After these Times of Trouble, the Church went down

Reverend Jeremiah Miller was jailed in Easton.
He prophecied the Lord would shake the town that day.
After he was driven out, the church went down in that part of Maryland.
Gone, until Bishop Wayman returned.

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Do you still see white horses over in those dark woods?

They said, Rev. Noah C.W. Cannon is a dangerous man.

He preached at Denton on Sunday.
And would preach at my father’s
out in the country that week.
He was admired by all who heard him.

But that night came the constable with other men from town
and arrested him for the murder of women and children.
Rev. Cannon told the Justice, Look at me. I am not that mulatto.
(For he was a very dark man.)
And the Justice released him.
But he did not sleep well that night, thinking
it was time to get out of that place.
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Deep Branch Chapel, near the place I was born

Near the place I was born,
Tuckahoe,
I dedicated Deep Branch Chapel.
Then I hastened and got off.

It’s 1874.  Here.


Bishop Wayman at Tuscola ILThe Legacy of A.M.E Bishop A.W. Wayman
of Tuckahoe Neck, Caroline County, Maryland

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News went back to Caroline that I was shot and killed

“You know the feelings of the white people here in Delaware.
Are you ready to die?”

I said, None of these things move me.
I never was so inspired to speak since the day I was born.

And news went back to Caroline,
that I was shot and killed.

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Long ride back to Tuckahoe

Bishop Wayman,
Do you come from Tuckahoe?
Are you a son of Francis Wayman of Caroline County?

I am.  And now tell me,
Did Charlie and Button pull your wagon all the way
from Tuckahoe to Ohio?

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His color was black

They wrote:
His color was black.

His features were strong.
His voice was commanding, deep.
His white friends in Denton
always came out
to hear him preach.
Like-wise Generals, Governors, and Presidents.
Born on the Tuckahoe, 1821
(before Fred Bailey
across the river
escaped),
Bishop Wayman died last week.

It’s 1895.  Here.


Bishop Wayman at Tuscola ILThe Legacy of A.M.E Bishop A.W. Wayman
of Tuckahoe Neck, Caroline County, Maryland

Learn more:

Do you still see white horses over in those dark woods? — 1830

After these Times of Trouble, the Church went down — 1830-1868

News went back to Caroline that I was shot and killed — 1866

Long ride back to Tuckahoe  –  1870s

Deep Branch Chapel, near the place I was born — 1874

 

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Here is your new water trail map. Don’t get it wet.

The Choptank and Tuckahoe Water Trail is only a memory now.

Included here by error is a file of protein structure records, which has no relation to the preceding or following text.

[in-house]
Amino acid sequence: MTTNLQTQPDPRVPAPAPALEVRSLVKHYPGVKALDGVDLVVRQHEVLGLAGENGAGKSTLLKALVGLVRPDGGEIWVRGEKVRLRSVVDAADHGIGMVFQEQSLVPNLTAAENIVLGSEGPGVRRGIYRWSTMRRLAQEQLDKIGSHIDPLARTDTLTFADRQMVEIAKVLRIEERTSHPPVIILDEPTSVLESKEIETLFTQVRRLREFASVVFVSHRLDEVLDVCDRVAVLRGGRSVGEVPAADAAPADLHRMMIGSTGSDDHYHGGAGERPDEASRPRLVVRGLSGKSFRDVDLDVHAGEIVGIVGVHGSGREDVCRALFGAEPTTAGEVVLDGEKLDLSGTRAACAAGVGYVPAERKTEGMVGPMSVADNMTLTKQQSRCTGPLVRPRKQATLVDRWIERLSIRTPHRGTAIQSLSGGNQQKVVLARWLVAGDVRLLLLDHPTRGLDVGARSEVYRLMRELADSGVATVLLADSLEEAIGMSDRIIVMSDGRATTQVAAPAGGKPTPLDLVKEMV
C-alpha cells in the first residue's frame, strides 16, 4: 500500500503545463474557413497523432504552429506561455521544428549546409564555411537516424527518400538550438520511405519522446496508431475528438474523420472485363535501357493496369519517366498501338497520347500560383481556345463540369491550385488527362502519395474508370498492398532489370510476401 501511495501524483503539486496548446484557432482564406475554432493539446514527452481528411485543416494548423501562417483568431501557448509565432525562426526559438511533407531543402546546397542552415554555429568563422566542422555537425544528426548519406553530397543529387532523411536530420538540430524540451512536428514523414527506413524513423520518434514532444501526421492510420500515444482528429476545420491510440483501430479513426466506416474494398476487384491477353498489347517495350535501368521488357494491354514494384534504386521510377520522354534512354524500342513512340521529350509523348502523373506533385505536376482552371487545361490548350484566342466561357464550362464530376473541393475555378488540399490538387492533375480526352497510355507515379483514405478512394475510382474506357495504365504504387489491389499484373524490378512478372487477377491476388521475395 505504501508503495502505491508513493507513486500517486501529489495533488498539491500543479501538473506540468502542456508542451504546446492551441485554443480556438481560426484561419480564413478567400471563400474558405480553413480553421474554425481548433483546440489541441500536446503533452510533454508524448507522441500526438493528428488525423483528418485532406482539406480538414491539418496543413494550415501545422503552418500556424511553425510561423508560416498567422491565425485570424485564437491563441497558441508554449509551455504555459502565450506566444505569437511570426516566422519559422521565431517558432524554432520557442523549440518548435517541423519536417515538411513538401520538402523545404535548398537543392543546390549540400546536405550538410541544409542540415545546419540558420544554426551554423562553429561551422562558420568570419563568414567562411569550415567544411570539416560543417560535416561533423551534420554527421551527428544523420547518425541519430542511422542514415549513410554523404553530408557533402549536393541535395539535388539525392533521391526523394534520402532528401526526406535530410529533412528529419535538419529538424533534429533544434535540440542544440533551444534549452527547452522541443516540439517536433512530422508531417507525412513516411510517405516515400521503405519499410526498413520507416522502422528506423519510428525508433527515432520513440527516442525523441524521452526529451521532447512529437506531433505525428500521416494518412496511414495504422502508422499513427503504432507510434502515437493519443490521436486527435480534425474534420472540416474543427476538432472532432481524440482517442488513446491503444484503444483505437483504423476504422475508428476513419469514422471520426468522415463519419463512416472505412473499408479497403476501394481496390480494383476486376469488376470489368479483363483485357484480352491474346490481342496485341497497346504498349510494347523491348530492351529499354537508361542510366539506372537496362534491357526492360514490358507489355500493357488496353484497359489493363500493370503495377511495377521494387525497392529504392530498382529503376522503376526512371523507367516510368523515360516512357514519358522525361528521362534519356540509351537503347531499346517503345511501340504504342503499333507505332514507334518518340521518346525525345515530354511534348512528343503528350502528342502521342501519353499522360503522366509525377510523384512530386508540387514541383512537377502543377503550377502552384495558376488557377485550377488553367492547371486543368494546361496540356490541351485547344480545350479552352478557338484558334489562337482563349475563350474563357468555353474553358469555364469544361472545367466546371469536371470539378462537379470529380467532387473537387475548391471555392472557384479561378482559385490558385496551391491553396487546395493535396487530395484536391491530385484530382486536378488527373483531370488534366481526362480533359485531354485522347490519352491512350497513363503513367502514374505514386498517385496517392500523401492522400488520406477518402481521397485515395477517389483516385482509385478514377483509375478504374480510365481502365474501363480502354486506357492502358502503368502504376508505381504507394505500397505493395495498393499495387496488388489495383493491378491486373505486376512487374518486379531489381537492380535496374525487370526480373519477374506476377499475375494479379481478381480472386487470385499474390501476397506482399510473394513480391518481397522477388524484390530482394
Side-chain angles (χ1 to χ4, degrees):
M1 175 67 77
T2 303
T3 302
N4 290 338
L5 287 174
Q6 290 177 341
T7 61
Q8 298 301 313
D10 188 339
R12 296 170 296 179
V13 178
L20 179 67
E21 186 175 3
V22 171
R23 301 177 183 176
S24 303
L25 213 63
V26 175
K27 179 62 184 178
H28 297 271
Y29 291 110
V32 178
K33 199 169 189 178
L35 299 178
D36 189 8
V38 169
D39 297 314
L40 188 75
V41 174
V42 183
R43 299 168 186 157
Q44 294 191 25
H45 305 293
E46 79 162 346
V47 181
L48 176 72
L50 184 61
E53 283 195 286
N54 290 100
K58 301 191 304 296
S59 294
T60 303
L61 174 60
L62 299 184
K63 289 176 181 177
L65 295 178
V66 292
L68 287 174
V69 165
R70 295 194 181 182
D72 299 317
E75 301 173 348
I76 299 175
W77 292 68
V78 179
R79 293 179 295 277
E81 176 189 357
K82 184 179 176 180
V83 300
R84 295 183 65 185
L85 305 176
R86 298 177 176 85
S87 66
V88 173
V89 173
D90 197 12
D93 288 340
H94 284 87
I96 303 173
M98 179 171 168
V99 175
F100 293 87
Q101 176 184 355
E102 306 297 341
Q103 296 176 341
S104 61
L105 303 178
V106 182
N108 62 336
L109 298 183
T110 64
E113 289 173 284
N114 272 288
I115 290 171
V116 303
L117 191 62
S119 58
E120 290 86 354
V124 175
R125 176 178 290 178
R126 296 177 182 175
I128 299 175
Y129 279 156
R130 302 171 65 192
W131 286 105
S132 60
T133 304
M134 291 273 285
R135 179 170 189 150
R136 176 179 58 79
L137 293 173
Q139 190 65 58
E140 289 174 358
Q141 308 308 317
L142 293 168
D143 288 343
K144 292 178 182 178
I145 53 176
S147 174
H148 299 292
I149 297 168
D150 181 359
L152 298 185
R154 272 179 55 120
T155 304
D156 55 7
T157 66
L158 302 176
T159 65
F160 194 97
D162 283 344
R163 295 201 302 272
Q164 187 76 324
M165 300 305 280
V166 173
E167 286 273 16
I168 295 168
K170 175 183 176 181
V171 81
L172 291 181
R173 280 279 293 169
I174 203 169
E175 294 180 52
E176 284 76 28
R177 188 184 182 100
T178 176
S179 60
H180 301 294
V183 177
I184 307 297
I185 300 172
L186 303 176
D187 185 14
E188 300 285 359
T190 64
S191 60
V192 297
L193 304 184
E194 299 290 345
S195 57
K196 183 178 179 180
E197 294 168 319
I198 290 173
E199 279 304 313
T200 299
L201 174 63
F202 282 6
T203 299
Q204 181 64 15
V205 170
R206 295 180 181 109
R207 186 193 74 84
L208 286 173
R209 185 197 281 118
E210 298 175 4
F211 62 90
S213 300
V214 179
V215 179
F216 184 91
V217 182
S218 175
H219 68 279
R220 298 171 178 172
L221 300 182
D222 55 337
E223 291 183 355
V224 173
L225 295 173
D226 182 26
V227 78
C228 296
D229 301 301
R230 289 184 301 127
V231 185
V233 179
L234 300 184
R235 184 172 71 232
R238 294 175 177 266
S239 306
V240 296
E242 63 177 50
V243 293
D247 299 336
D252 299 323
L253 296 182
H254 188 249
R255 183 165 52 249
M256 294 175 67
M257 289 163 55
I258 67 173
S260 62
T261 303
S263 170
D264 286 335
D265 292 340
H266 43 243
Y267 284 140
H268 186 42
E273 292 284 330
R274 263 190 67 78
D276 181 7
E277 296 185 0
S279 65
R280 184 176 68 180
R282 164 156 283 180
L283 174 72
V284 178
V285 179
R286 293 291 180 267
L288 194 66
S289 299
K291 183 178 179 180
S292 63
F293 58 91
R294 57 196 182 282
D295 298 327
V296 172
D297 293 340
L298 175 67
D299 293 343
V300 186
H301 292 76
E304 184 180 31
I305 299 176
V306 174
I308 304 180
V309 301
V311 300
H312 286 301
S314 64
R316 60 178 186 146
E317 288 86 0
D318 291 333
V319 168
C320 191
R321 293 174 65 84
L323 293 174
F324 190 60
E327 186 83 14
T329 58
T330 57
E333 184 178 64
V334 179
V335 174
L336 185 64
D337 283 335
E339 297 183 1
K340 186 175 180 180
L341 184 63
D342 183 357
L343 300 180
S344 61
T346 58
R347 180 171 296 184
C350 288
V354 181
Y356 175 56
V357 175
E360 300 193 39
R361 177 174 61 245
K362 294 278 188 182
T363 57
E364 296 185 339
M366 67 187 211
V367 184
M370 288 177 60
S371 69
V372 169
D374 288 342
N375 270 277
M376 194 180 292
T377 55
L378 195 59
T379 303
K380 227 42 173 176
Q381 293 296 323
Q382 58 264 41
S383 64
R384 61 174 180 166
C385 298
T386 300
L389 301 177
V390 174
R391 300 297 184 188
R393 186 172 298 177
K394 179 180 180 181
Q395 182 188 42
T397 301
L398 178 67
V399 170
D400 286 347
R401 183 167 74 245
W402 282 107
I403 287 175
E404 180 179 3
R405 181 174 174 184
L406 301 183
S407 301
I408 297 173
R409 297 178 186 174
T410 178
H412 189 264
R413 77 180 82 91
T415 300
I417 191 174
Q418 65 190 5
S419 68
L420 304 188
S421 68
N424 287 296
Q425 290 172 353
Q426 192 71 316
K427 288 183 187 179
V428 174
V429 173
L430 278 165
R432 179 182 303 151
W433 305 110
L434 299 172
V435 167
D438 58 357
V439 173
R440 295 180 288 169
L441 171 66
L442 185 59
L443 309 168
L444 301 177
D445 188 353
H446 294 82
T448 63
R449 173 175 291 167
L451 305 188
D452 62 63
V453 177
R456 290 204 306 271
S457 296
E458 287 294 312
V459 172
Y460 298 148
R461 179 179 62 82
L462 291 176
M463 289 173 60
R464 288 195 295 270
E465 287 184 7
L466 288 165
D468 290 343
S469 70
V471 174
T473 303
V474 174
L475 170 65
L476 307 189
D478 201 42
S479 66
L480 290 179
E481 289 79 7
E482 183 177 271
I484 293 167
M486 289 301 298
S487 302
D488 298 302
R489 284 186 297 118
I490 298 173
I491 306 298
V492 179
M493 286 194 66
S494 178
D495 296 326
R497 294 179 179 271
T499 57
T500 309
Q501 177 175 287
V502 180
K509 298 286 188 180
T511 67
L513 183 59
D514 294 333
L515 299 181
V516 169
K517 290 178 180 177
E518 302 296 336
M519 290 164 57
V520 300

But the Choptank is still there.   So is the Tuckahoe.   So is the water.  So, hit the trail!  Splash ! ! !


The Old Harford Town Maritime Center (OHTMC) in West Denton sank into the river a decade ago.  OHTMC’s  big, beautiful, glossy river trail map and guide soon went out of print.

It was hard to fold, anyway.

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Maggie Lee is dead, Jake.

I know, I know . . .   She still shows up in the Registry of National Historic Landmarks.    But I tell you, Jake, Maggie Lee died 10 years ago in West Denton!   I have police photos to prove it.


The Chesapeake Bay skipjack Maggie Lee is listed in the Registry of National Historic Landmarks.  Here is how she’s described by the Maryland Historic Trust:

This vessel is a 51′ long two sail bateau, or V-bottomed deadrise centerboard sloop, commonly referred to as a skipjack. She was built in 1903 in Pocomoke City, Maryland, for the oyster dredging fleet. She has a beam of 16′, a depth of 3.8′, and a net tonnage of 8 register tons. …  Maggie Lee is of interest as being one of the older skipjacks still dredging in the Chesapeake fleet. She was built in 1903 in Pocomoke City, Maryland, following traditional Bay-area design and construction methods. She has worked in the oyster-dredging fleet since her building. The vessel is one of the 21 surviving working skipjacks to have been built previous to 1912.

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It’s 1875, By an Act of Congress

Entered according to act of Congress in the year 1875 by John B. Isler in the Office of the Librarian of Congress at Washington DC.

It’s 1875.   Here.


We catch a glimpse of the Caroline County landscape in 1875, thanks to an Act of Congress.  The Office of the Librarian of Congress was apparently directed to create a large, detailed map of the county, probably in connection with the 1870 national census.

isler 480x

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Caroline’s other Colonel is not as Cool

They don’t like him or follow him.  So social media ignores him.  And history forgets him. How powerful they are!


Caroline County has her Revolutionary War hero and

  • Colonel Richardson High School
  • Colonel Richardson Middle School
  • Colonel Richardson’s tomb at Gilpin Point on the Choptank River
  • Colonel Richardson Maryland State Historical Society marker  on MD 16 between Denton and Preston

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